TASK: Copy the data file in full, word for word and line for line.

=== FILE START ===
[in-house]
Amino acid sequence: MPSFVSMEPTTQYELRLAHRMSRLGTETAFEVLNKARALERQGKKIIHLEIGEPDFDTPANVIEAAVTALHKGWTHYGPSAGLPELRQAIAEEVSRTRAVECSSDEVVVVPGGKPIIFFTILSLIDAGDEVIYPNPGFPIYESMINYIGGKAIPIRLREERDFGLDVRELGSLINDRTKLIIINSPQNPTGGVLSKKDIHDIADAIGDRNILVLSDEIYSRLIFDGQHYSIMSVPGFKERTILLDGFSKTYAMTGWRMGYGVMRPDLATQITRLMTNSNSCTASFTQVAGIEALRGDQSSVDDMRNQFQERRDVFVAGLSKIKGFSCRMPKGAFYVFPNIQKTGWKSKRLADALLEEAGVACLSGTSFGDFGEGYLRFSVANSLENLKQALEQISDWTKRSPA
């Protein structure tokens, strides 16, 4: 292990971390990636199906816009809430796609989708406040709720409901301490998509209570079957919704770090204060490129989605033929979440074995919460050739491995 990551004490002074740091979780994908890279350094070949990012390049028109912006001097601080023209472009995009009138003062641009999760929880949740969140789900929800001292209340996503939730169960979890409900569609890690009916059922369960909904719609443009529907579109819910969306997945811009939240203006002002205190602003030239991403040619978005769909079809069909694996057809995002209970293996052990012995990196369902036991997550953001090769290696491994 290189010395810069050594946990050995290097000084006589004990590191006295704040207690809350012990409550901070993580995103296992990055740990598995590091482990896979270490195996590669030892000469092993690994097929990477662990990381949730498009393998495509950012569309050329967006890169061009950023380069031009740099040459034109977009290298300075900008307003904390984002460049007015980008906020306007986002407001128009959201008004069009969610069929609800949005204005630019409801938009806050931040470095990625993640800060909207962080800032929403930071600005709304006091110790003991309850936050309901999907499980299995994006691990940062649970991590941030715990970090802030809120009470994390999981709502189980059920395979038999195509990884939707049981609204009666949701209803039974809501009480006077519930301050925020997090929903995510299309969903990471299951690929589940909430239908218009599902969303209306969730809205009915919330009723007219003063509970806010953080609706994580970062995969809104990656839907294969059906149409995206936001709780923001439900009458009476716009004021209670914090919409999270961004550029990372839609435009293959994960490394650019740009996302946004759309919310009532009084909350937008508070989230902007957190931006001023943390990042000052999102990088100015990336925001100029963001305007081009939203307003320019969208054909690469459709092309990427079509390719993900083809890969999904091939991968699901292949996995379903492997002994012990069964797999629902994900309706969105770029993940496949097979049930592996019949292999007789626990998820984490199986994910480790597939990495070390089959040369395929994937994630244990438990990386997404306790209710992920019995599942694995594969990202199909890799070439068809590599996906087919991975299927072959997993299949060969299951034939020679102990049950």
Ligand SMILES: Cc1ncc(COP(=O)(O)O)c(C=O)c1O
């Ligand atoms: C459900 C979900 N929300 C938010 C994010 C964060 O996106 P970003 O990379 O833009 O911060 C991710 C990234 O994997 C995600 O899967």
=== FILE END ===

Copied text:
[in-house]
Amino acid sequence: MPSFVSMEPTTQYELRLAHRMSRLGTETAFEVLNKARALERQGKKIIHLEIGEPDFDTPANVIEAAVTALHKGWTHYGPSAGLPELRQAIAEEVSRTRAVECSSDEVVVVPGGKPIIFFTILSLIDAGDEVIYPNPGFPIYESMINYIGGKAIPIRLREERDFGLDVRELGSLINDRTKLIIINSPQNPTGGVLSKKDIHDIADAIGDRNILVLSDEIYSRLIFDGQHYSIMSVPGFKERTILLDGFSKTYAMTGWRMGYGVMRPDLATQITRLMTNSNSCTASFTQVAGIEALRGDQSSVDDMRNQFQERRDVFVAGLSKIKGFSCRMPKGAFYVFPNIQKTGWKSKRLADALLEEAGVACLSGTSFGDFGEGYLRFSVANSLENLKQALEQISDWTKRSPA
């Protein structure tokens, strides 16, 4: 292990971390990636199906816009809430796609989708406040709720409901301490998509209570079957919704770090204060490129989605033929979440074995919460050739491995 990551004490002074740091979780994908890279350094070949990012390049028109912006001097601080023209472009995009009138003062641009999760929880949740969140789900929800001292209340996503939730169960979890409900569609890690009916059922369960909904719609443009529907579109819910969306997945811009939240203006002002205190602003030239991403040619978005769909079809069909694996057809995002209970293996052990012995990196369902036991997550953001090769290696491994 290189010395810069050594946990050995290097000084006589004990590191006295704040207690809350012990409550901070993580995103296992990055740990598995590091482990896979270490195996590669030892000469092993690994097929990477662990990381949730498009393998495509950012569309050329967006890169061009950023380069031009740099040459034109977009290298300075900008307003904390984002460049007015980008906020306007986002407001128009959201008004069009969610069929609800949005204005630019409801938009806050931040470095990625993640800060909207962080800032929403930071600005709304006091110790003991309850936050309901999907499980299995994006691990940062649970991590941030715990970090802030809120009470994390999981709502189980059920395979038999195509990884939707049981609204009666949701209803039974809501009480006077519930301050925020997090929903995510299309969903990471299951690929589940909430239908218009599902969303209306969730809205009915919330009723007219003063509970806010953080609706994580970062995969809104990656839907294969059906149409995206936001709780923001439900009458009476716009004021209670914090919409999270961004550029990372839609435009293959994960490394650019740009996302946004759309919310009532009084909350937008508070989230902007957190931006001023943390990042000052999102990088100015990336925001100029963001305007081009939203307003320019969208054909690469459709092309990427079509390719993900083809890969999904091939991968699901292949996995379903492997002994012990069964797999629902994900309706969105770029993940496949097979049930592996019949292999007789626990998820984490199986994910480790597939990495070390089959040369395929994937994630244990438990990386997404306790209710992920019995599942694995594969990202199909890799070439068809590599996906087919991975299927072959997993299949060969299951034939020679102990049950």
Ligand SMILES: Cc1ncc(COP(=O)(O)O)c(C=O)c1O
């Ligand atoms: C459900 C979900 N929300 C938010 C994010 C964060 O996106 P970003 O990379 O833009 O911060 C991710 C990234 O994997 C995600 O899967």